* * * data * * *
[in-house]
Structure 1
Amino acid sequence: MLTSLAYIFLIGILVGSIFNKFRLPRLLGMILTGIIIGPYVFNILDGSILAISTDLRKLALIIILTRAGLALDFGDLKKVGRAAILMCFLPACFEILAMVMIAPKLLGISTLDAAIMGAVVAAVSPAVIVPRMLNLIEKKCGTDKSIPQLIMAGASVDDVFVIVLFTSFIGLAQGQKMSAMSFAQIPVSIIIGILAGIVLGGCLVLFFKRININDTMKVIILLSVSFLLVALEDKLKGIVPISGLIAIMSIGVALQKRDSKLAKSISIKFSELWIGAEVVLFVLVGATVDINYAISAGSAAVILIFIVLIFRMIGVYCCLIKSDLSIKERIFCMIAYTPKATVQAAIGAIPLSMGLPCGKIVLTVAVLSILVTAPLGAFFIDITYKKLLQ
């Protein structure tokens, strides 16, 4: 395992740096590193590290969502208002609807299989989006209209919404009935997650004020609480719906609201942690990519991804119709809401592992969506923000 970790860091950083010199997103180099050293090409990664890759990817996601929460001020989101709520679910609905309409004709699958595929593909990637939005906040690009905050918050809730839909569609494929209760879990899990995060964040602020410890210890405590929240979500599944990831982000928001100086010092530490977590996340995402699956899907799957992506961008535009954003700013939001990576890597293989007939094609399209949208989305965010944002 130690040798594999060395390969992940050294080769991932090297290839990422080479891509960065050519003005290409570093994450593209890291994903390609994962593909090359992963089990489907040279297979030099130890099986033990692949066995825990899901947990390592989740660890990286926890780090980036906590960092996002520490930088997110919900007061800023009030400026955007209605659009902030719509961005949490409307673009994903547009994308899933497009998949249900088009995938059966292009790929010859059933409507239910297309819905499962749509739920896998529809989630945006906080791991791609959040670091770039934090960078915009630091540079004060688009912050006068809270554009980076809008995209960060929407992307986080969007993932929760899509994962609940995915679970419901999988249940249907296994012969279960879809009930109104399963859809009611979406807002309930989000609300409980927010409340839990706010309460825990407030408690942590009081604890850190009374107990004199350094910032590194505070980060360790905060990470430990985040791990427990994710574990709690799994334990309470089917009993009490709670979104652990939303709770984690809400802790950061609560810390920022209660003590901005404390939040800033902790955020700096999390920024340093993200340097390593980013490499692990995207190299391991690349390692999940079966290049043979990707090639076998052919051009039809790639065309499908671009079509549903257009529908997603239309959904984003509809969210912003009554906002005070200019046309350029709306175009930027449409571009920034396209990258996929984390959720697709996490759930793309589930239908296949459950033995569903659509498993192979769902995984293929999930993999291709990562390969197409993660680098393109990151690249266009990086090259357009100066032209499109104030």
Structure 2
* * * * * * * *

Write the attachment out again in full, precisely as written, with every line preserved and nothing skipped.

[in-house]
Structure 1
Amino acid sequence: MLTSLAYIFLIGILVGSIFNKFRLPRLLGMILTGIIIGPYVFNILDGSILAISTDLRKLALIIILTRAGLALDFGDLKKVGRAAILMCFLPACFEILAMVMIAPKLLGISTLDAAIMGAVVAAVSPAVIVPRMLNLIEKKCGTDKSIPQLIMAGASVDDVFVIVLFTSFIGLAQGQKMSAMSFAQIPVSIIIGILAGIVLGGCLVLFFKRININDTMKVIILLSVSFLLVALEDKLKGIVPISGLIAIMSIGVALQKRDSKLAKSISIKFSELWIGAEVVLFVLVGATVDINYAISAGSAAVILIFIVLIFRMIGVYCCLIKSDLSIKERIFCMIAYTPKATVQAAIGAIPLSMGLPCGKIVLTVAVLSILVTAPLGAFFIDITYKKLLQ
């Protein structure tokens, strides 16, 4: 395992740096590193590290969502208002609807299989989006209209919404009935997650004020609480719906609201942690990519991804119709809401592992969506923000 970790860091950083010199997103180099050293090409990664890759990817996601929460001020989101709520679910609905309409004709699958595929593909990637939005906040690009905050918050809730839909569609494929209760879990899990995060964040602020410890210890405590929240979500599944990831982000928001100086010092530490977590996340995402699956899907799957992506961008535009954003700013939001990576890597293989007939094609399209949208989305965010944002 130690040798594999060395390969992940050294080769991932090297290839990422080479891509960065050519003005290409570093994450593209890291994903390609994962593909090359992963089990489907040279297979030099130890099986033990692949066995825990899901947990390592989740660890990286926890780090980036906590960092996002520490930088997110919900007061800023009030400026955007209605659009902030719509961005949490409307673009994903547009994308899933497009998949249900088009995938059966292009790929010859059933409507239910297309819905499962749509739920896998529809989630945006906080791991791609959040670091770039934090960078915009630091540079004060688009912050006068809270554009980076809008995209960060929407992307986080969007993932929760899509994962609940995915679970419901999988249940249907296994012969279960879809009930109104399963859809009611979406807002309930989000609300409980927010409340839990706010309460825990407030408690942590009081604890850190009374107990004199350094910032590194505070980060360790905060990470430990985040791990427990994710574990709690799994334990309470089917009993009490709670979104652990939303709770984690809400802790950061609560810390920022209660003590901005404390939040800033902790955020700096999390920024340093993200340097390593980013490499692990995207190299391991690349390692999940079966290049043979990707090639076998052919051009039809790639065309499908671009079509549903257009529908997603239309959904984003509809969210912003009554906002005070200019046309350029709306175009930027449409571009920034396209990258996929984390959720697709996490759930793309589930239908296949459950033995569903659509498993192979769902995984293929999930993999291709990562390969197409993660680098393109990151690249266009990086090259357009100066032209499109104030």
Structure 2